[QODLink]
Americas
Urban poor send message to Obama
African-Americans from a deprived area of Washington DC speak out.
Last Modified: 06 Nov 2008 06:15 GMT

Many African-Americans were desperate for an Obama victory [GALLO/GETTY]

If Barack Obama ever requires a reminder of the hopes African-Americans have for their first president, he does not need to look far from the White House.

The Washington DC suburb of Anacostia is only a few miles from Obama's presidential residence, but it is a world apart.

The area suffers from endemic poverty and high crime rates. Many buildings are abandoned and there are few shops.

But when Al Jazeera visited the area there was only one word on everyone's lips: "Obama".

And that has left expectations high following the Illinois senator's historic victory.

'Stimulus plan'

Ted Pringle is a director at Bread For The City, an NGO based in Anacostia that provides 2,500 of the areas poorest families with food, clothing and other aid.

Ted Pringle is hoping for a new
stimulus plan
"I was overwhelmed when I heard the news that Obama had been elected and to be honest, it still hasn't sunk in," Pringle says.

There is massive optimism in Anacostia about Obama's presidency, but there is also the feeling that there are urgent matters that need his attention.

"We need Obama to fix the economy. Gas prices are rising and food prices are outrageous," he says standing amid stacks of tins and bags filled with bread.

"I just got a phone call from guy who needs 10 bucks to buy a turkey for Thanksgiving but he can't afford it."

"We need some assistance. We need an economic stimulus plan for our communities."

But the question remains as to where those funds would come from amid financial turmoil, the wars in Iraq and Afghanistan and high energy costs.

"We need to tax the rich more, that would help," says Pringle.

Some residents believe that Obama's background and experience as community activist in deprived parts of Chicago should help him understand their concerns.

"His family are from a such a desperately poor country so he knows about poverty and he knows what it's like to have nothing," he said.

History of struggle

Anacostia, which is about 99 per cent African-American, has also played a part in the history of the community's struggle against racism and discrimination.

In depth
Focus

The future under President Obama
Profile: Barack Obama
End of Chicago free-market ideals?
Gaza holding scant hopes over US
Afghans sceptical of US intentions
US losing support of Iraq's Kurds

Your Views
Add your voice to the discussion

Send us your video views

Frederick Douglass, the former slave who escaped and became a leading campaigner against slavery in the 19th century, lived in Anacostia and his former home there is now a museum.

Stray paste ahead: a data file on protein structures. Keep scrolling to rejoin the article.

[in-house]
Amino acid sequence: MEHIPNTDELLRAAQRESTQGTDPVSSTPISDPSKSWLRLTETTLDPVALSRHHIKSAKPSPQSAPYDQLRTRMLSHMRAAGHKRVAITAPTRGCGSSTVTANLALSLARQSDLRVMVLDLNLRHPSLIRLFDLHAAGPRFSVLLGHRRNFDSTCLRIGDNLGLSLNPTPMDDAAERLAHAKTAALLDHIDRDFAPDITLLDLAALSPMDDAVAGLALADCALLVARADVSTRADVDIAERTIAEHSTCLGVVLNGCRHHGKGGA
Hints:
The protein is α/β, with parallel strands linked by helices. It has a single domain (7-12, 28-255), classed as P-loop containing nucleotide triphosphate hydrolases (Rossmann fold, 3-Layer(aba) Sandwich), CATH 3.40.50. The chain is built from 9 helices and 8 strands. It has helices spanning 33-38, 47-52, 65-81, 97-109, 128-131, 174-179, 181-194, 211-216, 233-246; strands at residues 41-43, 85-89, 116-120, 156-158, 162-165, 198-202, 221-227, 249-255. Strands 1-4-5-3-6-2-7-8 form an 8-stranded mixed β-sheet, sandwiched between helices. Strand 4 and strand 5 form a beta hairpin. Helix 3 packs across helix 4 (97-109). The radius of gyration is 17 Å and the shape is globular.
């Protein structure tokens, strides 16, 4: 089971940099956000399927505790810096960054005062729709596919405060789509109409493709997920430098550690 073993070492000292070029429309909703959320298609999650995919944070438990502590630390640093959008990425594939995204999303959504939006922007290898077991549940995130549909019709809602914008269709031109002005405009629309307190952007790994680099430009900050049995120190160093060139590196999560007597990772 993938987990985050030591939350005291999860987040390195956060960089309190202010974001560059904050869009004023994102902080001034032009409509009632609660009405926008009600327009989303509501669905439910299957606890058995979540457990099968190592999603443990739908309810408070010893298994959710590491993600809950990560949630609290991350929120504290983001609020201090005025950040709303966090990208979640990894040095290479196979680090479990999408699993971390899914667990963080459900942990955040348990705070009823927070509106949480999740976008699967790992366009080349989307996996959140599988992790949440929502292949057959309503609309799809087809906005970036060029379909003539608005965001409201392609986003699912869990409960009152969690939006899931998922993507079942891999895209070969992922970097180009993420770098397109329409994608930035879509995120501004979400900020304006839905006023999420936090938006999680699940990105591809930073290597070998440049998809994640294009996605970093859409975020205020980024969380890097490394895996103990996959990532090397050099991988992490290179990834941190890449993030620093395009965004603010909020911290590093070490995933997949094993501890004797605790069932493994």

And many people are keenly aware of the historic significance of the Illinois senator's victory.

"I actually started crying when I heard the news," says Renee Wilson, a student.

"It's like 'we can do this', people of African origin can do this."

Danielle Rayside, a trainee chef, echoes her views.

"It really is a monumental thing for us as black people," she says.

"The whole family seems to have a real positive aura about them. Michelle Obama, who will be the first black first-lady, is educated and well-spoken."

There is also the feeling that Obama will provide a role model and a symbol of African-American achievement.

Historic achievement

"When I left school there was a feeling that all I could only go into was being a home-help or maintenance work, or something medical - not a real career," she said.

"My daughter was born when George Bush came to power in 2000, but now I feel she may have a chance for something better."

But residents also say that while Obama's historic achievement is a major step forward for the African-American community, their struggle is far from over.

"This is not the end of African-Americans' struggle - it's actually the beginning.

"You are still going to have racism and racist people," she said.

""People are going to take a second look at us and see what we can do - I love it."

Source:
Al Jazeera
Topics in this article
People
City
Featured on Al Jazeera
More than one-quarter of Gaza's population has been displaced, causing a humanitarian crisis.
Ministers and MPs caught on camera sleeping through important speeches have sparked criticism that they are not working.
Muslim charities claim discrimination after major UK banks began closing their accounts.
Italy struggles to deal with growing flood of migrants willing to risk their lives to reach the nearest European shores.
Featured
In Vietnam, 40 percent of all pregnancies are terminated each year, a rate that health officials are hoping to reduce.
Ivory Coast tackles internet fraud scourge, but analysts say criminals continue to outsmart authorities.
In US study, MIT scientists changed the emotions linked to specific memories in mice.
The seizure of the Tabqa airbase highlights the Islamic State's consolidation of power in eastern Syria, analysts say.
Traditional spring festival blossoms outside India through fun runs, raves and TV commercials.
join our mailing list